Gaetan Pappalardo's picture
Gaetan Pappalardo
Teacher, Author, Guitar––Word.

I love this!! I think this type of program should be available for all students and begin even younger (middle school). I think kids (including me) waste time doing stuff in school they definitely know will not benefit or help them find/maintain a career.

Here's my "aha" story.

I graduated with a degree in Psychology with the plan of continuing to graduate school to become a school psychologist. While taking night graduate classes towards a degree in school psychology, I landed a job at an elementary school as a basic skills instructional aide. I never thought that I could pinpoint the exact moment when my life shifted, but that's exactly what happened.
Let's call him Joe for legal reasons: terrible home life, struggling academically, and a behavior problem. The teacher exhausted her efforts on him. She was rightfully frustrated. She looked at me and said, "Can you help him with his spelling words? He's failing." I said, "Sure." I lied. I wasn't sure if I could help him, but it was my job, right? I met with Joe for about ten minutes a day for a week. We just talked and colored pictures for the first two meetings. He loved coloring. While we colored and bonded, I noticed he knew his colors and he also could spell the names. Lightbulb! I ended up writing his spelling words on tiny pieces of paper and taping them to his crayons. "Every time you pick up a color, make sure you say the word, close your eyes and spell it," I told him. It worked. He passed. And it felt good for both of us. Joe taught me that personal relationships, innovation, creativity, and hard work is a great combination for success. I found something I loved and I was good at it (aha). The rest, as they say, is history.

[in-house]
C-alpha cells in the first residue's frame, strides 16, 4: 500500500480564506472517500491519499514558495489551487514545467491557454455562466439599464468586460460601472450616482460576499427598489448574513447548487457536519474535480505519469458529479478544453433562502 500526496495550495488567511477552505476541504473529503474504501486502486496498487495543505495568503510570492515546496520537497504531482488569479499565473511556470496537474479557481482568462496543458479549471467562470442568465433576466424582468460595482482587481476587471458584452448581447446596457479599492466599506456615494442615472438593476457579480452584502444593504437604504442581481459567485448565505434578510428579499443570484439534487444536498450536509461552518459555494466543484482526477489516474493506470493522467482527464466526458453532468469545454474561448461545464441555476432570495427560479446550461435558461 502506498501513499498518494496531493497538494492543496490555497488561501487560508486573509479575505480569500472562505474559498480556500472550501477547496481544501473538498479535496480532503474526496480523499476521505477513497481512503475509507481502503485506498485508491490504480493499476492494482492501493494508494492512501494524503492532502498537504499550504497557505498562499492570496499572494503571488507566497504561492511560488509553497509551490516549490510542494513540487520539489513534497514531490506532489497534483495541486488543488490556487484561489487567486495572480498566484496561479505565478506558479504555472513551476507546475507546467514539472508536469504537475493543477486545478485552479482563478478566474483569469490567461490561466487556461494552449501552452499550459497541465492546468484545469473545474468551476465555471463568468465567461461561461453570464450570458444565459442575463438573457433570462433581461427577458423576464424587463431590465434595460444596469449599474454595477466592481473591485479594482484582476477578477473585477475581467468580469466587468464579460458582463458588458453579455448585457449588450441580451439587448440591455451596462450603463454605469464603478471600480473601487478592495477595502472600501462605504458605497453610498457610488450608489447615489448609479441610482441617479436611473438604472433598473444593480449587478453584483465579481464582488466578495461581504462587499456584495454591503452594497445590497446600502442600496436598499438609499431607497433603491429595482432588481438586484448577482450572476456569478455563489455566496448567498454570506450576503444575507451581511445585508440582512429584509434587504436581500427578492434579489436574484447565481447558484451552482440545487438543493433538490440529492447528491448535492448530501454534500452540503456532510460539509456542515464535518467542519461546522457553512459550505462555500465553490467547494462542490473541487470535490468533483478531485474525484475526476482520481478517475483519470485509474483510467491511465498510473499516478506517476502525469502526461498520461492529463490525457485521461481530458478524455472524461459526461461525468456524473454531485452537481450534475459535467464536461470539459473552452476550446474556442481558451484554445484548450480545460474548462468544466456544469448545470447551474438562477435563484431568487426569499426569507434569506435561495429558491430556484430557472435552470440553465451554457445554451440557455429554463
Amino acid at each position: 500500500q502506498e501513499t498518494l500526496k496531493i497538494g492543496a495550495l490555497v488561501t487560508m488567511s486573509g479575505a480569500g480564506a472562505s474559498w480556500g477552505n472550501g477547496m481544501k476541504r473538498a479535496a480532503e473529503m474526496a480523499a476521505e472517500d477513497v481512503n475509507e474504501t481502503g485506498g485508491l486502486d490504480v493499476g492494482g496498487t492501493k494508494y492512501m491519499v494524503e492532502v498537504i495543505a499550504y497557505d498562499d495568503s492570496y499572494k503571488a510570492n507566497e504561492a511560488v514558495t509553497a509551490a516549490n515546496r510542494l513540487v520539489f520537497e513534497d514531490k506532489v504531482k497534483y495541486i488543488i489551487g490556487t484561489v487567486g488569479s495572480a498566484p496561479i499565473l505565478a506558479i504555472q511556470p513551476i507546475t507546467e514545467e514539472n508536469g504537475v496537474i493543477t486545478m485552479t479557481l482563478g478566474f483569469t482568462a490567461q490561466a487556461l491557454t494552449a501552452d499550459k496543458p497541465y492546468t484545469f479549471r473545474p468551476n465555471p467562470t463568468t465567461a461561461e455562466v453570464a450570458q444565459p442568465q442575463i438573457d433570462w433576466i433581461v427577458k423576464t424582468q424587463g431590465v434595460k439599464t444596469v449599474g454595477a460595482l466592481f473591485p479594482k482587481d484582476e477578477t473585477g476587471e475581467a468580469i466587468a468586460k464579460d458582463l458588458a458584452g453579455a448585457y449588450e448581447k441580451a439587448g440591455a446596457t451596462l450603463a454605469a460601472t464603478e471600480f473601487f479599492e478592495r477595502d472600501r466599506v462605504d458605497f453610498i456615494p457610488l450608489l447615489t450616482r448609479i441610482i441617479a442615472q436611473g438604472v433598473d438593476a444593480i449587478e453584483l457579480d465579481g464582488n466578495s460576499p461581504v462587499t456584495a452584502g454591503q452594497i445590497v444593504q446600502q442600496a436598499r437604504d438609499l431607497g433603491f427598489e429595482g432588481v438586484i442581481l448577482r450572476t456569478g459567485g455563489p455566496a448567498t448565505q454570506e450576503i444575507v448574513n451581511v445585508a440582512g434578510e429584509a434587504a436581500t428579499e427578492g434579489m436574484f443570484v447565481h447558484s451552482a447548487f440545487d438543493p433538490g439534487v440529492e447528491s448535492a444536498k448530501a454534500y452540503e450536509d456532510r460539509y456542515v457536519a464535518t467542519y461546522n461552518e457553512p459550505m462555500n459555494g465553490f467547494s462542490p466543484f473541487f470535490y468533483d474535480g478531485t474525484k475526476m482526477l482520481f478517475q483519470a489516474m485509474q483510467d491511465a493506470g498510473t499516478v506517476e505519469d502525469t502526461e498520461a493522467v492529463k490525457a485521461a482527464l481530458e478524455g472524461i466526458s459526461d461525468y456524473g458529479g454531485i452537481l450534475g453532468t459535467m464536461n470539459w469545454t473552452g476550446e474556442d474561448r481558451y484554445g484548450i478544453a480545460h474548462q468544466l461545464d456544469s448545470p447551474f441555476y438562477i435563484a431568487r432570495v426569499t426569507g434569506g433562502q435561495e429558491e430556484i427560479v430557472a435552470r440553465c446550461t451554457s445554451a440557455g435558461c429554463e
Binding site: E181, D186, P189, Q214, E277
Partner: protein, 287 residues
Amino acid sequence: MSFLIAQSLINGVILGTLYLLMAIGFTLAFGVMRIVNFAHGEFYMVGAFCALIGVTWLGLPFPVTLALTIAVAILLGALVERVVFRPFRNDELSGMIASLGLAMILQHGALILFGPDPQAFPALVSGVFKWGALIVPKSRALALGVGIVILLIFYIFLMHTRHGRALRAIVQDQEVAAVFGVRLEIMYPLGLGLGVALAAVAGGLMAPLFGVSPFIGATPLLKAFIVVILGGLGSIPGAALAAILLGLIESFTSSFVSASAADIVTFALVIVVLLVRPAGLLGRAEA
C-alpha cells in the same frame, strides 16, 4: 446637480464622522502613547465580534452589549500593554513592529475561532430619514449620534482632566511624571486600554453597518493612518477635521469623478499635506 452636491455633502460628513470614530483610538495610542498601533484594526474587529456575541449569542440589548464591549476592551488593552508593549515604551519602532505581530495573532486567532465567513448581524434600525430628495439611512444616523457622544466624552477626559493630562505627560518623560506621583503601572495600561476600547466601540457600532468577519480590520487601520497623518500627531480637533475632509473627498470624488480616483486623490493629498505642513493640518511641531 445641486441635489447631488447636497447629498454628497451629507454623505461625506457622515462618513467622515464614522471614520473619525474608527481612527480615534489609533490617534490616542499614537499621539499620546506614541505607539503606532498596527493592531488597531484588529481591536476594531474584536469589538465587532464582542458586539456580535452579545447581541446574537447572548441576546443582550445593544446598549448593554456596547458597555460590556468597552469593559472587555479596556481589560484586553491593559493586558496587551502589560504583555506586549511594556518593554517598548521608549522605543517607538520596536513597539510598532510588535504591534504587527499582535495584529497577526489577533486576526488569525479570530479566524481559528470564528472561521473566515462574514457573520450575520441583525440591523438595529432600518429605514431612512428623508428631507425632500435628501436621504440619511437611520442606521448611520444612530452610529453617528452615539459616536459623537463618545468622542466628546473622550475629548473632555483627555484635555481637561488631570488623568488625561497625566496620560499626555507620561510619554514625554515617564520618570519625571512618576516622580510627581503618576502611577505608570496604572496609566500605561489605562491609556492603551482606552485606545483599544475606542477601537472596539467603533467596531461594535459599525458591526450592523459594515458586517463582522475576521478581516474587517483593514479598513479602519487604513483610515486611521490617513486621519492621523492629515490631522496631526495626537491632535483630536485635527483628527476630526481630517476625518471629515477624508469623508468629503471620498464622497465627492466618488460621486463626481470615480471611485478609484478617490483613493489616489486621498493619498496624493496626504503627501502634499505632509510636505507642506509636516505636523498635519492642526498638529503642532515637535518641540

I hoped I changed Joe's view of education, maybe even changed his life. What I accomplished with Joe shifted my career path to teaching, where I've professionally and personally grown over the years.

Peter Paccone's picture
Peter Paccone
9-12th Grade Social Studies Teacher - San Marino High School

Great read. Thank you Jason. Over spring break will take a closer look at the RoadTrip Nation link. From what you've described I'm sure to find it fascinating.

Tyronne McEuen's picture
Tyronne McEuen
distinguished mathematics teacher

To prepare students for college - That is clearly understood. By all accounts, a student is prepared for college if they never experience a remedial course at any university, college, junior college, technical school, etc..
To prepare students for career - not as clearly understood. Many questions arise when attempting to clarify what is required to be "career ready." Perhaps someone has a comprehensive response that Educators can use to evaluate if our current graduates have the skills to become successful in a career?